With New York City so close at hand, dance fans in the lower Hudson Valley have always had easy access to dance performances. Now, that sort of easy access is becoming more and more available to people in the mid- and upper-Hudson regions, as dance artists and aficionados take the plunge to establish dance centers and to include dance in seasonal festivals. The Vassar Repertory Dance Theatre held its 35th annual dance gala at the Bardavon in Poughkeepsie in early March, and Bard Summerscape, which runs this year from June 30th to August 20th, begins with a weekend of performances by the New York City Ballet. Later this year, PS21 in Chatham will devote weekends for the entire month of August to dance as part of its annual festival. In the city of Catskill, the performing arts institution Lumberyard (formerly American Dance Institute) is renovating a former lumberyard into a facility that, beginning in 2018, will host performances and offer space and living accommodations for visiting artists developing new projects. A little further south and across the river, in Tivoli, and already in full operation, one finds the flagship of all this activity: the Kaatsbaan International Dance Center.
The organization behind Kaatsbaan was founded in 1990 by four professional dancers and achieved 501(c)3 status in 1991. Land in Tivoli known as Tivoli Farms was selected in 1994 and purchased in 1997. Construction began in 1999. The dance center now consists of a studio complex with three dance studios, a 160-seat black-box dance theatre, roads, parking lots, and a dancers’ inn that can accommodate 36 dancers.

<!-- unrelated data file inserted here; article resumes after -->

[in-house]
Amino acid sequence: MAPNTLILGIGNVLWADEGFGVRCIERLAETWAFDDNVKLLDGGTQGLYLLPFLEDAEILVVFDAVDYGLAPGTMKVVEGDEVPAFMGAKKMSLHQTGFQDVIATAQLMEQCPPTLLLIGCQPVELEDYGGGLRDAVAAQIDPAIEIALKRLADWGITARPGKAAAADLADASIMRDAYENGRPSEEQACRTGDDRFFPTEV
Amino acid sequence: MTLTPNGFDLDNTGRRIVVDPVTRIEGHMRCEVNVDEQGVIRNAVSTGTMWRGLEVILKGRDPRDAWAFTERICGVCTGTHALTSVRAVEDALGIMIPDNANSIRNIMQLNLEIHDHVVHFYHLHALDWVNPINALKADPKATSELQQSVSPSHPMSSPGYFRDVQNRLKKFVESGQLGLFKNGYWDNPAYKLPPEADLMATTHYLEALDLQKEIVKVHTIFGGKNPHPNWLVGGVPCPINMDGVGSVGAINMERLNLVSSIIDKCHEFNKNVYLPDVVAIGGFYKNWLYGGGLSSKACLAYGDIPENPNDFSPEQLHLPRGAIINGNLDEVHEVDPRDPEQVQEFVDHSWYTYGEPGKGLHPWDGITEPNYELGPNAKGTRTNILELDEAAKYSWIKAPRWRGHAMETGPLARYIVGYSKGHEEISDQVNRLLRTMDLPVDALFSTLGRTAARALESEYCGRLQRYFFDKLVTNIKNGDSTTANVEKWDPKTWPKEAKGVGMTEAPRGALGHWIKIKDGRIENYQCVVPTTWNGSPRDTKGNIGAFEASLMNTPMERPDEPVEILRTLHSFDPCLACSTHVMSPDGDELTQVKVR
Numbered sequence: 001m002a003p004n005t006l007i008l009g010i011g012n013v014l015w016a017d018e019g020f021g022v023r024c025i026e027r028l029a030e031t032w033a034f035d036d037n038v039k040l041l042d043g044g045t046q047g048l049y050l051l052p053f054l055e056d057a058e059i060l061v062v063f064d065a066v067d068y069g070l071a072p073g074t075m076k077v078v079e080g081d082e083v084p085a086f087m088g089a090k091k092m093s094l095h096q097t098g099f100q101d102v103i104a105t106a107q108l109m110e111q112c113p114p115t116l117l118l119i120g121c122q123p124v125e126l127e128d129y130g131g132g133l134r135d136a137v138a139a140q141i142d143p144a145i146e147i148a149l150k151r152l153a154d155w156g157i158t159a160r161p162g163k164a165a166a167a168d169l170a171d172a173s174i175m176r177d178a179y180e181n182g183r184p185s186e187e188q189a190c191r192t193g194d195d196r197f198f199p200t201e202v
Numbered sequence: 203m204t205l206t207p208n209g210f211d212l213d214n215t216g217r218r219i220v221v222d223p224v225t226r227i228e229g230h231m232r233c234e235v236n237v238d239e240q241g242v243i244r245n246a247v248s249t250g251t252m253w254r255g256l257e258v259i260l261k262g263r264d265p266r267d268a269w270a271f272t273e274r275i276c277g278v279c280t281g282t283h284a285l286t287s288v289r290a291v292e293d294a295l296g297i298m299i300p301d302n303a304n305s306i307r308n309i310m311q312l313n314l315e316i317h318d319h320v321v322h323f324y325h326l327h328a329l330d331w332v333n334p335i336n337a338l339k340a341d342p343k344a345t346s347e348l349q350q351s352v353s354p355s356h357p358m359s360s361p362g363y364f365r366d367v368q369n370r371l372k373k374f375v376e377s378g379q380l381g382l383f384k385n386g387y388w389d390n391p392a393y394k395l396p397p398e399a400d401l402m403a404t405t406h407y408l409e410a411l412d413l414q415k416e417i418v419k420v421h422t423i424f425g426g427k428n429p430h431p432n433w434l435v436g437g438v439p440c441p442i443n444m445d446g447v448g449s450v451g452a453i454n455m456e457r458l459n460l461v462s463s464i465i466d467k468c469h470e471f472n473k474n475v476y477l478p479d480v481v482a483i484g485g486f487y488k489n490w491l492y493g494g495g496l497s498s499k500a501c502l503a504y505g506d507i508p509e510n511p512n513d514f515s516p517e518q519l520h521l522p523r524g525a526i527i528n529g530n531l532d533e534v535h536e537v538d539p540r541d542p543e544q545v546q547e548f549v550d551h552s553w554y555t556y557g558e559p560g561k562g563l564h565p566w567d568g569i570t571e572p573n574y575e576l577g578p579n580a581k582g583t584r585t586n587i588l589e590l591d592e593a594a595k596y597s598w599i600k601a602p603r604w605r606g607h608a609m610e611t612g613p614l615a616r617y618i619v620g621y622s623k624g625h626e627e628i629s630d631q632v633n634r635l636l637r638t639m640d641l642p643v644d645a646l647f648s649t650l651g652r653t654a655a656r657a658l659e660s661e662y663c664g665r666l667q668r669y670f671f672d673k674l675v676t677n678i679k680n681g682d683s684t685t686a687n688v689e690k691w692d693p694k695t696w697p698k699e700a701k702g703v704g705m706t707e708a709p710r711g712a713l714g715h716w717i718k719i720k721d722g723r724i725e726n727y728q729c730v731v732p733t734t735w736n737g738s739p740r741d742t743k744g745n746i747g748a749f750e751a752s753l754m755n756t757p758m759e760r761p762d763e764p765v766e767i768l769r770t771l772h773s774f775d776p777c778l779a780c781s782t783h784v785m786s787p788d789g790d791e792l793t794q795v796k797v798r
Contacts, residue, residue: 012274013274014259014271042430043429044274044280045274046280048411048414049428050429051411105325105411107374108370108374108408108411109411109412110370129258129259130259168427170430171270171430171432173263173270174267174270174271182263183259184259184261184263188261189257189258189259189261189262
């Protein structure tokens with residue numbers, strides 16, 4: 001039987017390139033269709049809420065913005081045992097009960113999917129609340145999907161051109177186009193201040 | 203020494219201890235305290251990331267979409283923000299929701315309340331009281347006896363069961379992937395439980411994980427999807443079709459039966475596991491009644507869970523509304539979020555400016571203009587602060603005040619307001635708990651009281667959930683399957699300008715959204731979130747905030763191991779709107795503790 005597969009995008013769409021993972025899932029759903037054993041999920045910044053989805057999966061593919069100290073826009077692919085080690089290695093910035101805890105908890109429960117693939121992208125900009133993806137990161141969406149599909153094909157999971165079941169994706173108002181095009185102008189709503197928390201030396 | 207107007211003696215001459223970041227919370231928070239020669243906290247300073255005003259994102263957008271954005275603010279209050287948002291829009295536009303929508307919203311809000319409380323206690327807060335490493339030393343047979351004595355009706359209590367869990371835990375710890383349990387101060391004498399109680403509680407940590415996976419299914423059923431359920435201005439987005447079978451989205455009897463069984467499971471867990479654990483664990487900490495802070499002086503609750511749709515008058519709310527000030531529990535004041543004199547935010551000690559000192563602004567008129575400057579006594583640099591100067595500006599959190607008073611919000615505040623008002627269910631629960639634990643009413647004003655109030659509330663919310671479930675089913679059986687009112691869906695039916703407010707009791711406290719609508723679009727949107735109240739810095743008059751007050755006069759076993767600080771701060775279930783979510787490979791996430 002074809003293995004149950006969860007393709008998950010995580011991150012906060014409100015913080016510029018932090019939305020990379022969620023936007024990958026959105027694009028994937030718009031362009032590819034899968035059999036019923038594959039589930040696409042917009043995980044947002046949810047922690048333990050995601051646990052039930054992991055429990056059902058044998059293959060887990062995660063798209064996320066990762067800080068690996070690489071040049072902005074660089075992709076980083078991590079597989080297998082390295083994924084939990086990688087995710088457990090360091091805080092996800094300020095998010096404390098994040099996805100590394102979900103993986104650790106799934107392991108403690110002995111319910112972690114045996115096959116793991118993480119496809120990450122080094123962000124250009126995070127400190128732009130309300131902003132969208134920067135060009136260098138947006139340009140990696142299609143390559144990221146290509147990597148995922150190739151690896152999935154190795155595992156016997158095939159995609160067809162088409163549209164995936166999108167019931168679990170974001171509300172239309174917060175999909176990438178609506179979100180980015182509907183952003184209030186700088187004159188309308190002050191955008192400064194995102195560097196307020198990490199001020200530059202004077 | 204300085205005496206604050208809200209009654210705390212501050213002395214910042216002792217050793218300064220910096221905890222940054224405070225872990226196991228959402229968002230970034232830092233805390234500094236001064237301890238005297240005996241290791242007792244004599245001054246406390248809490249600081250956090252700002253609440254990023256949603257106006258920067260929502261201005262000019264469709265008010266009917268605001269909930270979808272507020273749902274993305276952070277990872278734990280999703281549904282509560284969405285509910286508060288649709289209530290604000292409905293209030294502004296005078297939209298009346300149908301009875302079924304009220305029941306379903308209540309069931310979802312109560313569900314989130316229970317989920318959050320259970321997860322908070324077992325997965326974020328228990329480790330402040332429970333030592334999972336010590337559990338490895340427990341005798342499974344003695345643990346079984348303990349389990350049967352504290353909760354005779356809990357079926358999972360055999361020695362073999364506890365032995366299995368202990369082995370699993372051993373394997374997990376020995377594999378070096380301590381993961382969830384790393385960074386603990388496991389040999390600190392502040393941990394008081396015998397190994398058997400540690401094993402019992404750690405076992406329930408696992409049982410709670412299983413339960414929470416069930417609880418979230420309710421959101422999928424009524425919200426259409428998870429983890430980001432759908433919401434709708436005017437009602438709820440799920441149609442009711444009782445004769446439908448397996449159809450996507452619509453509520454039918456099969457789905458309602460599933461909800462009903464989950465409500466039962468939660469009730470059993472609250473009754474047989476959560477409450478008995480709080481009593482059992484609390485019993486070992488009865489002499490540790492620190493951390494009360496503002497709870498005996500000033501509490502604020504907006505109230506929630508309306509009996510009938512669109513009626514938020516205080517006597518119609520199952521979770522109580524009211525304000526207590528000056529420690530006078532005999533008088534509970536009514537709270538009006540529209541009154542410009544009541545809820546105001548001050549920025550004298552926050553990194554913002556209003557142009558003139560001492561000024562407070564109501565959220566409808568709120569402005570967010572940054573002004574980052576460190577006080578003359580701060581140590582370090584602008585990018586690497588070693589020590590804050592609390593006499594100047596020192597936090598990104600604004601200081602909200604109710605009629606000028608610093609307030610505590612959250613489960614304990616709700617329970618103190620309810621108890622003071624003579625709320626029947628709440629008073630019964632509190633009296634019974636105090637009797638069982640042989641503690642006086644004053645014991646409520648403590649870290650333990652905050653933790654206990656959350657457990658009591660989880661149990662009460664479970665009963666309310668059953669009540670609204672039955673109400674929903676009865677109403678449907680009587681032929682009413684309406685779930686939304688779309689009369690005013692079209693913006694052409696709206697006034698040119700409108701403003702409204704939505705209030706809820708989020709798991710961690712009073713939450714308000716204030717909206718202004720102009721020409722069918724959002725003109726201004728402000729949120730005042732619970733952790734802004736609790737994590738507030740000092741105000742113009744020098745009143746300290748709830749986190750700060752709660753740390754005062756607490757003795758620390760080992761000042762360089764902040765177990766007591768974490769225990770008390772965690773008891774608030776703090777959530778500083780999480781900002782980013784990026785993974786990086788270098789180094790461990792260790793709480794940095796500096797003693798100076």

A gatehouse building offers two additional bedrooms and a kitchen. A “music barn”, designed by Stanford White and built in the 1890s, awaits refurbishment into a visitor reception center with shops and 10,000 square feet of art and exhibition galleries. Also planned are additional studios, a second dancers’ inn, and a lodge and dining room complex.
In addition to the built facilities they provide, the founders of Kaatsbaan emphasize the importance of an aesthetically inspirational and healthy work environment. Of the 153 acres that belong to Kaatsbaan, development plans include only 18 acres. The remaining 135 acres of hay fields and woodlands will remain open spaces, preserving the character of the site and the scenic views of the Hudson River and Catskill Mountains.
From the Kaatsbaan website:
Kaatsbaan was designed to provide national and international dance companies, choreographers and all dance artists with an affordable year-round facility where they can interact as a diverse community, experiment, create, rehearse, perform, showcase new work, train, and develop new sets, costumes and productions. The project is designed to stimulate the development and growth of dance as an art form.
True to this statement of purpose, in 2015 Kaatsbaan hosted over 200 professional dancers performing with 18 dance companies in its black-box theater, and had 19 dance companies spend time in residence there and utilize 1250 hours of studio time. And true to the “International” part of its name, the dance center hosted resident dancers from Asia, Europe, and Latin America, in addition to the dancers there from North America.
Public performances are offered Saturday evenings and Sunday afternoons during the spring, with a handful of performances in April and weekly performances in May and early June. Adult tickets cost $30, while tickets for students and children cost just $10.